Texinfo provides six predefined indices. Here are their nominal meanings, abbreviations, and the corresponding index entry commands:
@cindex) Concept index, for general concepts.
@findex) Function index, for function and function-like
names (such as entry points of libraries).
@kindex) Keystroke index, for keyboard commands.
@pindex) Program index, for names of programs.
@tindex) Data type index, for type names (such as structures
defined in header files).
@vindex) Variable index, for variable names (such as library global
Not every manual needs all of these, and most manuals use only two or three at most. The present manual, for example, has two indices: a concept index and an @-command index. (The latter is actually the function index but is called a command index in the chapter heading.)
You are not required to use the predefined indices strictly for their
canonical purposes. For example, suppose you wish to index some C
preprocessor macros. You could put them in the function index along
with actual functions, just by writing
@findex commands for
them; then, when you print the “Function Index” as an unnumbered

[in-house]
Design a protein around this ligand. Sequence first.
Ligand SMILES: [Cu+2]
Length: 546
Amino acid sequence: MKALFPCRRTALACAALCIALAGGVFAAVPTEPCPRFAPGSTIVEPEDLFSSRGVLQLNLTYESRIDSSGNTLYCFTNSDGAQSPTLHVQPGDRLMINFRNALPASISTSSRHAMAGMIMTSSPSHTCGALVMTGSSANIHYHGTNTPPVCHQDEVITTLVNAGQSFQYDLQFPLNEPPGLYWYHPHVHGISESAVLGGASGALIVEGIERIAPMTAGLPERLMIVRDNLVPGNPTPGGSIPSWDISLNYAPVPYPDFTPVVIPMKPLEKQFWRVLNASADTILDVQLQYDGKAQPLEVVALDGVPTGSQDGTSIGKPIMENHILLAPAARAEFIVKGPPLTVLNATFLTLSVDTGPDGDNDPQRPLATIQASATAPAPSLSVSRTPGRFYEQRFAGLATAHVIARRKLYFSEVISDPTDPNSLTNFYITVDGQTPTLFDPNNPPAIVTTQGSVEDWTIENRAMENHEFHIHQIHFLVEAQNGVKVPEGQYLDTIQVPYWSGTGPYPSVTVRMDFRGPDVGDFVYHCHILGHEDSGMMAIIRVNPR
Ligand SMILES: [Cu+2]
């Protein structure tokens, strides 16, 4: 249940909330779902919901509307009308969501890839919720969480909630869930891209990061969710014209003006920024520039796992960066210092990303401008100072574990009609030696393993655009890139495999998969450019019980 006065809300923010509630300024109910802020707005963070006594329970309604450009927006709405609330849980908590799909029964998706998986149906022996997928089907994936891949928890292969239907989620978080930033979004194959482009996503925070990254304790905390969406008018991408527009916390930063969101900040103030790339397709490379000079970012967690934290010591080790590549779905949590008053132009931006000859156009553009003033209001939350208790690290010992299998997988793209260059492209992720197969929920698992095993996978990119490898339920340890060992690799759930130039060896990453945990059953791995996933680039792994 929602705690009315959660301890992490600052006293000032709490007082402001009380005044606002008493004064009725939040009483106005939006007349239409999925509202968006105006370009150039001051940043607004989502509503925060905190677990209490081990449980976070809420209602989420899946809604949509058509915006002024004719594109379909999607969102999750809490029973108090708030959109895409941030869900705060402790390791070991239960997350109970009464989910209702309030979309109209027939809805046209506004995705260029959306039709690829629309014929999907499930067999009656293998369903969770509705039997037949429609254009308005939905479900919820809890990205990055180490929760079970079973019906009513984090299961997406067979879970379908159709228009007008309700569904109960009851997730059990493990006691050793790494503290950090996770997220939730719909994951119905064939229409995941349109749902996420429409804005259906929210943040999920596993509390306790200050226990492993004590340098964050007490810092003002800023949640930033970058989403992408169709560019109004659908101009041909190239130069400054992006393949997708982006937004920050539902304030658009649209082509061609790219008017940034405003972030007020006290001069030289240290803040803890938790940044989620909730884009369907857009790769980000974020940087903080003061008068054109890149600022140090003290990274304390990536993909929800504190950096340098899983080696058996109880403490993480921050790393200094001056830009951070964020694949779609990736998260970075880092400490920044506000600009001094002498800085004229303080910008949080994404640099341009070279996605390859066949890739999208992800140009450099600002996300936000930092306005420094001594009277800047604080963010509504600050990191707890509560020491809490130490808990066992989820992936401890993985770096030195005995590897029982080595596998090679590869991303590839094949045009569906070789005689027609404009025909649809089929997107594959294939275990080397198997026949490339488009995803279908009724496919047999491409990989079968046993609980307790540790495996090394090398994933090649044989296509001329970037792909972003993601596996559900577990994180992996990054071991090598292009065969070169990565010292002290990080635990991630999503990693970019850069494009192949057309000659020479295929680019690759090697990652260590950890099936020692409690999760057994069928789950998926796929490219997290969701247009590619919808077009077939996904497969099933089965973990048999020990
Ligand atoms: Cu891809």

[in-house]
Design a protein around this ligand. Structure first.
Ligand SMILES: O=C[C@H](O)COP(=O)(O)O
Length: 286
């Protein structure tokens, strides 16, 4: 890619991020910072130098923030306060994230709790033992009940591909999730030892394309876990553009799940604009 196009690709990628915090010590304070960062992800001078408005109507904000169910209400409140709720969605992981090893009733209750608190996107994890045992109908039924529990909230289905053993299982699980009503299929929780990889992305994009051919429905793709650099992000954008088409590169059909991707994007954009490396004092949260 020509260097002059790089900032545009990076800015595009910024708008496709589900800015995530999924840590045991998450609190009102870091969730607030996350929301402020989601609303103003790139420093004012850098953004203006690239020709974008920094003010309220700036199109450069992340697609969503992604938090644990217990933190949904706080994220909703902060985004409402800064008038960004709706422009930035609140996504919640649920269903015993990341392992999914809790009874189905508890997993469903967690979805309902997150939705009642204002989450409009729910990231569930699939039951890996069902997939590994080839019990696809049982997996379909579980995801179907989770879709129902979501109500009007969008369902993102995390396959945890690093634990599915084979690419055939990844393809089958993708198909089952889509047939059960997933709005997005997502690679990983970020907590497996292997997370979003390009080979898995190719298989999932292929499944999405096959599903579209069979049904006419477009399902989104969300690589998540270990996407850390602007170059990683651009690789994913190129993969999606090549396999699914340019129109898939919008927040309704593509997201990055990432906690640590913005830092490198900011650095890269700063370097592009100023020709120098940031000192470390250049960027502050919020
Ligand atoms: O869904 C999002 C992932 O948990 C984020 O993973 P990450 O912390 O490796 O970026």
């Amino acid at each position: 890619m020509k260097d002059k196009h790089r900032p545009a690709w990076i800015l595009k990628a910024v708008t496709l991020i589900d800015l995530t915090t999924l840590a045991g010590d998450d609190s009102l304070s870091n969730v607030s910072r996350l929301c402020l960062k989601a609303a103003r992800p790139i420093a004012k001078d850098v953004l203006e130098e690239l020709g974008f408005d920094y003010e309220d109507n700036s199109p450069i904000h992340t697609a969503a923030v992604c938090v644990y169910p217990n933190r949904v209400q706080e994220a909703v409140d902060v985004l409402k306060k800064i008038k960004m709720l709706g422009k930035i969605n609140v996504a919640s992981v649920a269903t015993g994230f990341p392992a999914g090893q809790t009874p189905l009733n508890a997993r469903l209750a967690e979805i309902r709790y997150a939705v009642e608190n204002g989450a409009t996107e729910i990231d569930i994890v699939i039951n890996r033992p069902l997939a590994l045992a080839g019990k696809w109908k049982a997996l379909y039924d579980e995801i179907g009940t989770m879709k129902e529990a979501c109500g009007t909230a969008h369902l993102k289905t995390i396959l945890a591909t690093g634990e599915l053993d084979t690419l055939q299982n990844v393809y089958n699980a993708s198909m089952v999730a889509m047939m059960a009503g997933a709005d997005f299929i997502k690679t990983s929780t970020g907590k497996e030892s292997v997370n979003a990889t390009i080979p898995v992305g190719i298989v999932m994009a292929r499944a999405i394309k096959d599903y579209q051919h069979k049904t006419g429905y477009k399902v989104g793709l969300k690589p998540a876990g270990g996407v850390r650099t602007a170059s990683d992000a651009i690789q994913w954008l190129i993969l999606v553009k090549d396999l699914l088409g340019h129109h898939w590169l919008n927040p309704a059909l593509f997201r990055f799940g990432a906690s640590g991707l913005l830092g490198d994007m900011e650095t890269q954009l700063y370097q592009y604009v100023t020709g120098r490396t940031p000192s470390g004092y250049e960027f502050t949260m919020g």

chapter, you could give it the title ‘Function and Macro Index’ and
all will be consistent for the reader.
On the other hand, it is best not to stray too far from the meaning of the predefined indices. Otherwise, in the event that your text is combined with other text from other manuals, the index entries will not match up. Instead, define your own new index (see Defining New Indices).
We recommend having a single index in the final document whenever
possible, however many source indices you use, since then readers have
only one place to look. Two or more source indices can be combined
into one output index by using the
@syncodeindex commands (see Combining Indices).
Index entry commands based on the the two letter index names are also
valid, for example
@cpindex can be used instead of